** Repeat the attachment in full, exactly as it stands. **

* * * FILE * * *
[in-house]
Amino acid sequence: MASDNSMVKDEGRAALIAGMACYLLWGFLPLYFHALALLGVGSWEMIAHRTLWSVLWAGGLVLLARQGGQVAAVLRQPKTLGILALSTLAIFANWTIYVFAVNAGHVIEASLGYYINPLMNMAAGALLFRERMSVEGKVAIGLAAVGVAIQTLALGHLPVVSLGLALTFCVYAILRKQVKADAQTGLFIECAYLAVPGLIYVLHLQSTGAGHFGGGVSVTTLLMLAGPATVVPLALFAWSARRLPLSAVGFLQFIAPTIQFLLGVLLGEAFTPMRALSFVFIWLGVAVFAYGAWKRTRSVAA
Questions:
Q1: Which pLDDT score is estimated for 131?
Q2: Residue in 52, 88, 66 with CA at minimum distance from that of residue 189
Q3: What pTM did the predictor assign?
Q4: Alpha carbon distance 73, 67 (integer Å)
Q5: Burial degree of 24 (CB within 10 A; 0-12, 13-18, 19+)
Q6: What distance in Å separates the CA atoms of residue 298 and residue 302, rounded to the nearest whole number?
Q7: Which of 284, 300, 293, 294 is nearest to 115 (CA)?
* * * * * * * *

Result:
[in-house]
Amino acid sequence: MASDNSMVKDEGRAALIAGMACYLLWGFLPLYFHALALLGVGSWEMIAHRTLWSVLWAGGLVLLARQGGQVAAVLRQPKTLGILALSTLAIFANWTIYVFAVNAGHVIEASLGYYINPLMNMAAGALLFRERMSVEGKVAIGLAAVGVAIQTLALGHLPVVSLGLALTFCVYAILRKQVKADAQTGLFIECAYLAVPGLIYVLHLQSTGAGHFGGGVSVTTLLMLAGPATVVPLALFAWSARRLPLSAVGFLQFIAPTIQFLLGVLLGEAFTPMRALSFVFIWLGVAVFAYGAWKRTRSVAA
Questions:
Q1: Which pLDDT score is estimated for 131?
Q2: Residue in 52, 88, 66 with CA at minimum distance from that of residue 189
Q3: What pTM did the predictor assign?
Q4: Alpha carbon distance 73, 67 (integer Å)
Q5: Burial degree of 24 (CB within 10 A; 0-12, 13-18, 19+)
Q6: What distance in Å separates the CA atoms of residue 298 and residue 302, rounded to the nearest whole number?
Q7: Which of 284, 300, 293, 294 is nearest to 115 (CA)?